What can be done to stop divorced women losing out on shared pension wealth?

Divorced Women Losing Out On Shared Pensions

Research has shown that a disproportionate number of women are missing out on shared pension wealth after divorce. In this blog post, we’ll look at the problem in more detail, and talk about what women can do to ensure they get their fair share.

Are divorced women facing an impending pension crisis? Recent research has shown that women aren’t claiming the shared pension wealth they are entitled to during divorce proceedings, and it could cost them dearly later in life. Royal London found that women who divorced ended up with less than one third of the average pension wealth of a married couple, with the insurer concluding that separated women are at risk of becoming “pensions poor relations”.

Pensions can account for a huge amount of personal wealth, particularly with final-salary type plans, which can be worth hundreds of thousands of pounds in the long-term. But this is something that’s often overlooked during divorce proceedings, and often one party will lose out — leading to serious problems in retirement.

A pension earned during marriage is usually considered a joint asset and should be treated as such during divorce. But the legislation around sharing pensions is widely misunderstood. Why is it such a pervasive problem, and what can be done about it?

Why do people forget about their pensions during divorce?

It would seem that pension wealth simply doesn’t get the same attention as other assets during a separation, perhaps because they aren’t as visible as other types of asset. For instance, property, physical belongings, and savings are all more likely to be at the forefront of a person’s mind during divorce, meaning that pensions are often left out of the equation.

It’s also thought that the complexity of sharing pensions during divorce puts many people off seeking what is rightfully theirs. Despite attempts to simplify legislation back in the early 2000s, the specifics of the law remain a mystery to most people, meaning they aren’t in a strong position to negotiate for a fair settlement during a separation.

Why does this problem affect women disproportionately?

As evidenced by Royal London’s figures, this problem seems to affect women far more often than it does men. It would be easy to assume that divorced women make up for taking the lesser share of pension wealth by accumulating other high-value assets during a separation, like housing. But this is far from the truth, with the research finding that divorced women end up with half as much housing wealth as married couples.

There are a number of possible explanations which could be causing pension inequality. Many women don’t realise that they may be able to claim a portion of any pension wealth that their husbands have built up during the course of their marriage and, as a result, they don’t attempt to claim these during divorce.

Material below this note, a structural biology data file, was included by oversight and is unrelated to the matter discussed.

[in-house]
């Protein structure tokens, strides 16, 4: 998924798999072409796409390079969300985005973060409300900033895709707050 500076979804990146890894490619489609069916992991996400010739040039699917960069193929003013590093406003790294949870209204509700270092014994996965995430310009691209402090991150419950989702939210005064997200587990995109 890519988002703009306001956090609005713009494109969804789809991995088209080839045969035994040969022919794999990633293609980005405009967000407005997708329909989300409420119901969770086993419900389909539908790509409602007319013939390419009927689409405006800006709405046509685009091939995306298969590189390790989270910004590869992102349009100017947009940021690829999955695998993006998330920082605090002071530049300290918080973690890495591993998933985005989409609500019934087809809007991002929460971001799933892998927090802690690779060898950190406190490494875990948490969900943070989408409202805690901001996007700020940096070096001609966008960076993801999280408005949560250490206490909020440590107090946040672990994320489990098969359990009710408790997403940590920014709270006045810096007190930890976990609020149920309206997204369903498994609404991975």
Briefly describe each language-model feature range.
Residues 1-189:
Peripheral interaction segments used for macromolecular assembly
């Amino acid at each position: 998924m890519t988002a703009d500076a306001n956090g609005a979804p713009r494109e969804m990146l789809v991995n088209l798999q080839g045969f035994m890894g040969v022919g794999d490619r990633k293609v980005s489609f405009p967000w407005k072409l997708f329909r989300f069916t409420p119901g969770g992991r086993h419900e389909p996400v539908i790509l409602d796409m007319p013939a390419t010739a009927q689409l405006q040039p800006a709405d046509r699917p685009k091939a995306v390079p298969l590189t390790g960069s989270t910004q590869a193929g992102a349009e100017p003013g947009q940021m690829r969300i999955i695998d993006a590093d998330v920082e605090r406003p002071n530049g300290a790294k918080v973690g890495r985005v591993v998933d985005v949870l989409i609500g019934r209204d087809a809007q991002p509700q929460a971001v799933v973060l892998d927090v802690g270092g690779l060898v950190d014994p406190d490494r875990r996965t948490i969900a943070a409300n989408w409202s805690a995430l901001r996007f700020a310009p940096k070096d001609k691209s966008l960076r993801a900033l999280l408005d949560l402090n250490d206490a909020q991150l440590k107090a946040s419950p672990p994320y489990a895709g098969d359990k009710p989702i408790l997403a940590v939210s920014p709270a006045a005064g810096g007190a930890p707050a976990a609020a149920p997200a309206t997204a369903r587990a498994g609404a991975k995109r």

In addition to these pervasive misconceptions, a culture of non-disclosure and secrecy could also be to blame. Prudential found that nearly a quarter of couples have never had a discussion about pensions with their partner, and 7% of those who had admitted that they hadn’t spoken about pensions in over 10 years. If a couple isn’t open and transparent with one another about their pension plans, they may not even realise that pension assets exist when they sit down to negotiate a settlement.

When you combine all of this with the fact that women are less likely than men to build up an adequate personal pension over the course of their careers, and are more likely to take breaks from work to have children, it’s easy to see why women are being left short (Moneywise). Clearly, women need to take steps to protect their fair share of pension wealth, and legal professionals need to do more to help them.

What can be done?

When it comes to rectifying the issue of shared pension inequality after divorce, both the separating parties and the professionals who advise them have parts to play. It’s important that women take steps to stay informed about shared pensions and learn more about what happens to these during divorce. Women should also make a point about speaking to their ex-spouse about any pensions they have before initiating divorce proceedings.

Solicitors need to make sure that they offer their clients comprehensive advice about any entitlement they may have, and they should ensure they’re up to speed with the latest rulings and legal news. Here at Major Family Law, we can guide you through the legal complexities of divorce, so you can be sure you get every penny you’re owed towards your future retirement. Our solicitors are experts in financial provision and so can help with complex cases where lots of different pension plans and assets may be disputed.

We offer clear-cut, thorough legal advice, helping you to understand the sometimes-complicated legislation around shared pensions more easily.  If you’d like to speak to us about any of the issues discussed here, or seek legal representation for a divorce, give us a call on 01661 824582 for a free, no-obligation consultation. You can also get in touch using our online contact form.